Home Home Remedies Neem: Your Secret Weapon Against Plant-Eating Garden Bugs + Many Health Benefits

Neem: Your Secret Weapon Against Plant-Eating Garden Bugs + Many Health Benefits


As an organic gardener, neem has been a part of my arsenal since the beginning. I first heard about it from my Mom, an ornamental gardener turned veggie gardener at the end of her life. She only explained it was something you sprayed on trees in early spring to keep the bugs off of growing fruit like apples and pears, of which there were many of on the property she was renting.

It wasn’t until I started pursuing the art of growing cannabis and other things that I really got a good understanding of what it was. From what I can tell, it’s something that grows all over Mexico and very likely right outside our property. The fact that this comes from a tree and is medicinal for all sorts of uses excites me.

Neemba in Sanskrit, this tree is native to India. It’s currently legally considered a weed in many places but considering most “classified weeds” are extremely useful or medicinal, it’s no surprise. One must not consider this tree a weed, one must consider it a highly medicinal plant that is extremely hardy and adaptable to harsh conditions. A medication you can’t really kill? Sign me up. People in India really do use it in many ways as it is extremely medicinal. There’s also the important perk that it’s a organic pesticide and fungicide, but more on that later.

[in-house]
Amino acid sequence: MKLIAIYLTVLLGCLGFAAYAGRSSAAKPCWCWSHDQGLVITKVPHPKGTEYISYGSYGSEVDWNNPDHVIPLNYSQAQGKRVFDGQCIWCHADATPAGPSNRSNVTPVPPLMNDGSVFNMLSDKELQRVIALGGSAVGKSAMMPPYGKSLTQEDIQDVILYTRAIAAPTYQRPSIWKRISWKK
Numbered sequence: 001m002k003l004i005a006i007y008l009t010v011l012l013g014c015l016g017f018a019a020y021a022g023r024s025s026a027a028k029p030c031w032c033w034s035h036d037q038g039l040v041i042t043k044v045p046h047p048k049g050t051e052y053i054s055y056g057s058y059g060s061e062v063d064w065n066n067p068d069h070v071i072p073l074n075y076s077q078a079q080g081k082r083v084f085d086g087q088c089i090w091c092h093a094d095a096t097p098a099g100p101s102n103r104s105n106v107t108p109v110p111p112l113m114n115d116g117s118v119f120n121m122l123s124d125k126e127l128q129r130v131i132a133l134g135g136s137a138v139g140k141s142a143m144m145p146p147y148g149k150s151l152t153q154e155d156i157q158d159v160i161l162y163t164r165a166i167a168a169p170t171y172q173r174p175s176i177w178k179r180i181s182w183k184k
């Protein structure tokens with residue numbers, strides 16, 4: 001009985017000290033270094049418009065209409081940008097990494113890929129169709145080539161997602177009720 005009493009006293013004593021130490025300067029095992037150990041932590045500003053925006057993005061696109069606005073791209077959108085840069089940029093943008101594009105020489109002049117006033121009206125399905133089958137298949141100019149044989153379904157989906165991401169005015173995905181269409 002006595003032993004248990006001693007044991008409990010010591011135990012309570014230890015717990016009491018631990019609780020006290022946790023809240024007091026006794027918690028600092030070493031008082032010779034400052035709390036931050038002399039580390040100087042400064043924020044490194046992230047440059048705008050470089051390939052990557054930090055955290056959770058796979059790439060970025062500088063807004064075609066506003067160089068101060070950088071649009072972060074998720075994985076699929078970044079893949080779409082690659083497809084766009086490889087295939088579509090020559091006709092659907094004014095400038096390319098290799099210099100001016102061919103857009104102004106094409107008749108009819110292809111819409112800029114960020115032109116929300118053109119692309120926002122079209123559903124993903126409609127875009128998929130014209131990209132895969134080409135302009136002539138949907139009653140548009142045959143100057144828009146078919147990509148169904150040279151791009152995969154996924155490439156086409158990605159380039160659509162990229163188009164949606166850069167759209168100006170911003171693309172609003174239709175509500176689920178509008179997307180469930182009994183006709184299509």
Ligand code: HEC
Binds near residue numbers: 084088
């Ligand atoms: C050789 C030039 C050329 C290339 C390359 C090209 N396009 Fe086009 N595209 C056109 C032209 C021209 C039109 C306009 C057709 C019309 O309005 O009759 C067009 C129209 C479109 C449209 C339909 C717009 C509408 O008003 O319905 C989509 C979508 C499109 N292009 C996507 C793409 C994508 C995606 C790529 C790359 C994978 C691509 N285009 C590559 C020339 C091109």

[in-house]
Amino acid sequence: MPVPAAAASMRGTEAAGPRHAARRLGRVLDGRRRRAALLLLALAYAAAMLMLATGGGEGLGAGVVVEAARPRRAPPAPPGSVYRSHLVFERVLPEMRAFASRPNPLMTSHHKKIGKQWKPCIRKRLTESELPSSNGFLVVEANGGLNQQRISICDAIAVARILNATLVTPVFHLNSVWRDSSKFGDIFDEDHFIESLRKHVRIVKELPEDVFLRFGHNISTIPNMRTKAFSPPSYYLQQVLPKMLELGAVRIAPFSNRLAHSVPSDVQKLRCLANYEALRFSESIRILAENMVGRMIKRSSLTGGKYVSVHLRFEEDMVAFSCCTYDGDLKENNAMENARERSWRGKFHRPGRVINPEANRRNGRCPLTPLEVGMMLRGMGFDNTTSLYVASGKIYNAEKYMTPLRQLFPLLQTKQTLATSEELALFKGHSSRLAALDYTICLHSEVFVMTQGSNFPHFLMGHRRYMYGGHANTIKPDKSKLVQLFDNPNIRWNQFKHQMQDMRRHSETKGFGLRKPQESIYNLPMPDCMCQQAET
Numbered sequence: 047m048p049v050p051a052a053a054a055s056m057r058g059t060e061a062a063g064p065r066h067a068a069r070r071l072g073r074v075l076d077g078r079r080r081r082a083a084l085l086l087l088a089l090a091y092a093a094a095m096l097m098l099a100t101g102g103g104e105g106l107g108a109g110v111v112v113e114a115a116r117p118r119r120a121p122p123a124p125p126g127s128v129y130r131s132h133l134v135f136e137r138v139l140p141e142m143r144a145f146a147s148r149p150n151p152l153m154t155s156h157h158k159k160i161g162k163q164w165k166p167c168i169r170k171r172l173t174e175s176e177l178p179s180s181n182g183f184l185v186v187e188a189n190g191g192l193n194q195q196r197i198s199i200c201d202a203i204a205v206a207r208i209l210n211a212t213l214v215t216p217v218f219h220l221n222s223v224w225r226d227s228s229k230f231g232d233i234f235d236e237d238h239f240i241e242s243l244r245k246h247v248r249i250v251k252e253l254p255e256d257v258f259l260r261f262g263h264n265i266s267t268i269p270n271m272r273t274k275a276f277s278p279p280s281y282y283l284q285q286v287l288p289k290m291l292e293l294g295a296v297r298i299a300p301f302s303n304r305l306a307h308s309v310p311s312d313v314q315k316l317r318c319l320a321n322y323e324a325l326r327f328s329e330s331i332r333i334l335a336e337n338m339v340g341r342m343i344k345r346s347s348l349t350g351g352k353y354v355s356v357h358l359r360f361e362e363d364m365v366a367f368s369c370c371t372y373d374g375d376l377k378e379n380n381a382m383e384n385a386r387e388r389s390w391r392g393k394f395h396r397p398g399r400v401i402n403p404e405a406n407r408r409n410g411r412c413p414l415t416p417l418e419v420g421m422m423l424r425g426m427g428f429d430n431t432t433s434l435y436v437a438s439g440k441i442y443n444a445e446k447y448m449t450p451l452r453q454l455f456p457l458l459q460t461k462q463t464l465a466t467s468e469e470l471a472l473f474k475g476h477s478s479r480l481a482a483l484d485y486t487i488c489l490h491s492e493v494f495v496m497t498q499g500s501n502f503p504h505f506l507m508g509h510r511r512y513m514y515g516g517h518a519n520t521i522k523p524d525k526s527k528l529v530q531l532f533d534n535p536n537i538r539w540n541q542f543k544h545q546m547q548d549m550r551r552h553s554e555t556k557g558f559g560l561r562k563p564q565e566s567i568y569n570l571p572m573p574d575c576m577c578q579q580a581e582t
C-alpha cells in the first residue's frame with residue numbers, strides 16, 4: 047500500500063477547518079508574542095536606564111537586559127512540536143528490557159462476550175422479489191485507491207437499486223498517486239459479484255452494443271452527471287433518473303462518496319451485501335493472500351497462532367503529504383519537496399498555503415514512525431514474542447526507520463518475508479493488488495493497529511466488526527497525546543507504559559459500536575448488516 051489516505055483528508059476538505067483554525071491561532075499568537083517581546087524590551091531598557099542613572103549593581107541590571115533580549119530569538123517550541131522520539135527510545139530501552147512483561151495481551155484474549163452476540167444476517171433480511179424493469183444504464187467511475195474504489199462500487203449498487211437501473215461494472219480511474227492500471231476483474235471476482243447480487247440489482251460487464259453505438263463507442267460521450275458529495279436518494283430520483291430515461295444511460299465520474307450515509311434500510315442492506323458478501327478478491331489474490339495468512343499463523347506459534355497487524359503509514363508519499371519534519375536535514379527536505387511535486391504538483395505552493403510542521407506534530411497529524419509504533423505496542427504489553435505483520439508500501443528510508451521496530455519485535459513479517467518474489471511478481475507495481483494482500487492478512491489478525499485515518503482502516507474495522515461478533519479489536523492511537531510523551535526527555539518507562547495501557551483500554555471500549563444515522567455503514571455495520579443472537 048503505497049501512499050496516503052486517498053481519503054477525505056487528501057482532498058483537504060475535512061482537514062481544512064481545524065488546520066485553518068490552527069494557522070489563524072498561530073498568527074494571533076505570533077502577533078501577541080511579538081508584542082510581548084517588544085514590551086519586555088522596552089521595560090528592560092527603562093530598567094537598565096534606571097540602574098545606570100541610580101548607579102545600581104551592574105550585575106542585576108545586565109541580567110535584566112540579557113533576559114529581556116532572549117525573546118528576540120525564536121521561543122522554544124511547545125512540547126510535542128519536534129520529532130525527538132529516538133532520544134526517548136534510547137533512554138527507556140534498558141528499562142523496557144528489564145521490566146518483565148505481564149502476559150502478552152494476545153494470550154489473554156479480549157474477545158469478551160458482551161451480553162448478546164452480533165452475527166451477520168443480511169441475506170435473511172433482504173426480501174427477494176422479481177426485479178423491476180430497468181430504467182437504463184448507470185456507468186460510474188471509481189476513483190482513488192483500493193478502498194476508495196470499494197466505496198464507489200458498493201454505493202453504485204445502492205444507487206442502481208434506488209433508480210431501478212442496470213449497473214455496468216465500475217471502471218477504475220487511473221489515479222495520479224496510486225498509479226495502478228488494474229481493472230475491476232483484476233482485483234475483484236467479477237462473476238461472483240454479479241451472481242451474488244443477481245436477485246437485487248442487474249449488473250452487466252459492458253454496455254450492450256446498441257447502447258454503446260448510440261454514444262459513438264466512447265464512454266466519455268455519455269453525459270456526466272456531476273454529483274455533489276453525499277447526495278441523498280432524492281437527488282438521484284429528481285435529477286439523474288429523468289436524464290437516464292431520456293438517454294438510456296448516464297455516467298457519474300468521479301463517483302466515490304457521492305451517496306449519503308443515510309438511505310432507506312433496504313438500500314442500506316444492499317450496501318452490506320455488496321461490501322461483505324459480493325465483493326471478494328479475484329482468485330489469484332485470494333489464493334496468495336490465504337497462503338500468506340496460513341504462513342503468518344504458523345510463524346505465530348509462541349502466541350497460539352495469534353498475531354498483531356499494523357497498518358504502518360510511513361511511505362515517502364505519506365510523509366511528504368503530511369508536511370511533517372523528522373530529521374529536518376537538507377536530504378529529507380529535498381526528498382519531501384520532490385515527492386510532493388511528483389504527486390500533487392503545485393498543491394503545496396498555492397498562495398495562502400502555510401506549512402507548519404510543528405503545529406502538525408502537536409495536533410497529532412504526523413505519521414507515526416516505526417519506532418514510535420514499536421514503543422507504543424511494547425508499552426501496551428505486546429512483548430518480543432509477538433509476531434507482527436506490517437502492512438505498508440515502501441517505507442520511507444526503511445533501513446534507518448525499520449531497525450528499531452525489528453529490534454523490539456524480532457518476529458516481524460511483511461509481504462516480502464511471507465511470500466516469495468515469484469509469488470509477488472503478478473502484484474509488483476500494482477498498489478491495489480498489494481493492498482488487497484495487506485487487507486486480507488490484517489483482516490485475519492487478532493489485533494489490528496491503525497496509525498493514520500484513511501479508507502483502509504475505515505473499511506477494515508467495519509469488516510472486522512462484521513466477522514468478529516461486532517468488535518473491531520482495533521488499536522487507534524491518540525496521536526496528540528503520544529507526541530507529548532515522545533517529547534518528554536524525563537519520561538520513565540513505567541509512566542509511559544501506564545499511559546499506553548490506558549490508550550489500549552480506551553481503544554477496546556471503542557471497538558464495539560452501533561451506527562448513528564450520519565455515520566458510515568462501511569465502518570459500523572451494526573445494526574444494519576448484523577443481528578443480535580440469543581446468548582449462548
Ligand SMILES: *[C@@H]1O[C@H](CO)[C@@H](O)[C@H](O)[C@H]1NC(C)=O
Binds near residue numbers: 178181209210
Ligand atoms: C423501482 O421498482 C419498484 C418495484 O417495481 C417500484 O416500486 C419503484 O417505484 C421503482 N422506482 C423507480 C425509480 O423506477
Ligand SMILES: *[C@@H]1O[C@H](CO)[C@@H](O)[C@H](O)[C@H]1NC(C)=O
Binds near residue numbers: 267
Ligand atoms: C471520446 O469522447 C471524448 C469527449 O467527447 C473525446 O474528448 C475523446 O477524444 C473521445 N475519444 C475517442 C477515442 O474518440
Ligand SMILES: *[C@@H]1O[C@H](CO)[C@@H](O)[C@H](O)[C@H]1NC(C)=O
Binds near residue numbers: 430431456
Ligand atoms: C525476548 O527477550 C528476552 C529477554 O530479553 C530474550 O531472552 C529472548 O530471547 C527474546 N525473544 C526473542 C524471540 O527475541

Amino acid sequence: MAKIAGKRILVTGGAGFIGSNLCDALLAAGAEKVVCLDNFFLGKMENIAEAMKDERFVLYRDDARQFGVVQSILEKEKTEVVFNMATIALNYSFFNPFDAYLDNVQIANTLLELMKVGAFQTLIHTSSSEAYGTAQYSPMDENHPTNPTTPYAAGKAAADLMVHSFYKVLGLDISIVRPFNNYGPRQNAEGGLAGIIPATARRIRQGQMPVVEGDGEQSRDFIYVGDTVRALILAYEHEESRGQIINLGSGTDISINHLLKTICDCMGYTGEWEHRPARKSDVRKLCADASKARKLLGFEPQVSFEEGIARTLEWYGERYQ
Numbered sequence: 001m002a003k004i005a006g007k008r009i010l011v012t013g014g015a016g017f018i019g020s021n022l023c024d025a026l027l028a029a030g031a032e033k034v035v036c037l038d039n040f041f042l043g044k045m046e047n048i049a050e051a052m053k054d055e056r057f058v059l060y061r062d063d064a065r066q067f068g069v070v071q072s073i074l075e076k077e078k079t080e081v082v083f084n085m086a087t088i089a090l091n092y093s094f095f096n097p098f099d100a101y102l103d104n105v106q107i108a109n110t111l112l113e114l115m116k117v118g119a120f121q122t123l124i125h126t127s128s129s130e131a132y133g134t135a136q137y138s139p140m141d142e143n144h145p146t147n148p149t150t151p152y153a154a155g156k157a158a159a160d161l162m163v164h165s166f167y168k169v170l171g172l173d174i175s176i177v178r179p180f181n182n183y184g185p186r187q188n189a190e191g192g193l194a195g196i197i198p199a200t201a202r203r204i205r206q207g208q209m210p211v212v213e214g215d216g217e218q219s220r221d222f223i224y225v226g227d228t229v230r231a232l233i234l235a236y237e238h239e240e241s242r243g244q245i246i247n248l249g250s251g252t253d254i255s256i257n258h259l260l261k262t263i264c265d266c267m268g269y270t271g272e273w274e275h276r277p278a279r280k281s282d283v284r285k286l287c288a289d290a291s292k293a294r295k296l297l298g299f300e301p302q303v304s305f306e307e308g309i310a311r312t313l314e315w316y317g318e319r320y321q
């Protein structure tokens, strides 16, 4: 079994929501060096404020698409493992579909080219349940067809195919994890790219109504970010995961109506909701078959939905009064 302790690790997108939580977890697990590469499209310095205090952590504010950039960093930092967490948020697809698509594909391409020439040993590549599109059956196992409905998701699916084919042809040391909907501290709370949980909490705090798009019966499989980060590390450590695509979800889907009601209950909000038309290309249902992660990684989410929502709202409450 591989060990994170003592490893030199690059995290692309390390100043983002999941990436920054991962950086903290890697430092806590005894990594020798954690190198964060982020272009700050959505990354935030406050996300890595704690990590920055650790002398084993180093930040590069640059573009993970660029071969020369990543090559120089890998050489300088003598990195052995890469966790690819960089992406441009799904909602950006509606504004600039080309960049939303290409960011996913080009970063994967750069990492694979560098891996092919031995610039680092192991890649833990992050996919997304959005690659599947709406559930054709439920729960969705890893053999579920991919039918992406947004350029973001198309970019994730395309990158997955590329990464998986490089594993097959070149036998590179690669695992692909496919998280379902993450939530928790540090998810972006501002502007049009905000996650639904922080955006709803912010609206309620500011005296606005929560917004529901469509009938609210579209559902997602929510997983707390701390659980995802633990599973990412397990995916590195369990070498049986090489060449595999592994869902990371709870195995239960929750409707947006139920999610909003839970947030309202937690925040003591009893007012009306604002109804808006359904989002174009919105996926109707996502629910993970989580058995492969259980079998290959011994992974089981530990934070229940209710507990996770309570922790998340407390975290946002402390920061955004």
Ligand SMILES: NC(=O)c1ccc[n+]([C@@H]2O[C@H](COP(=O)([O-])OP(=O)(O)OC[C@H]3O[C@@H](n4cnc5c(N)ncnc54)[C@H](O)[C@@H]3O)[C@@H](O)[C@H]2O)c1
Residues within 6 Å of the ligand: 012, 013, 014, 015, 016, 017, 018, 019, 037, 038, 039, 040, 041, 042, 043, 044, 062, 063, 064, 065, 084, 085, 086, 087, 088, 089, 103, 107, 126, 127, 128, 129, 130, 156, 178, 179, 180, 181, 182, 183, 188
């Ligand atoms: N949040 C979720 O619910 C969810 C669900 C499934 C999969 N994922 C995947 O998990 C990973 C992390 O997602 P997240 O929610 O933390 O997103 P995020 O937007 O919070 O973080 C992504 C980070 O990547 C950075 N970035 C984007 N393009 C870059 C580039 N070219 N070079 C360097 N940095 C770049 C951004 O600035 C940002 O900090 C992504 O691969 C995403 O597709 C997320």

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It’s a large pretty shady tree with white flowers tree best grown in tropical or subtropical climates. It’s extremely resistant to drought so it’s actually well suited to Acapulco’s wet and dry seasons. It produces an olive like fruit with a large seed, which is where we harvest neem oil from.

Just about every part of the tree is useful or medicinal in some manner but neem oil is essentially a commercial organic gardening miracle product of sorts. The trees range between 65-130 feet in height at full grown size, with long drooping branches. The leaf to branch structure is similar to a sumac or leguminous tree, with long serrated leaflets.

Leaves are burned in India to repel mosquito’s and oil is applied to the skin as an apparently effective repellent. From my understanding it makes us very unpalatable to insects, which is a total bonus for us. This is a natural defense mechanism in harsh jungle growing climates, where everything is trying to eat everything.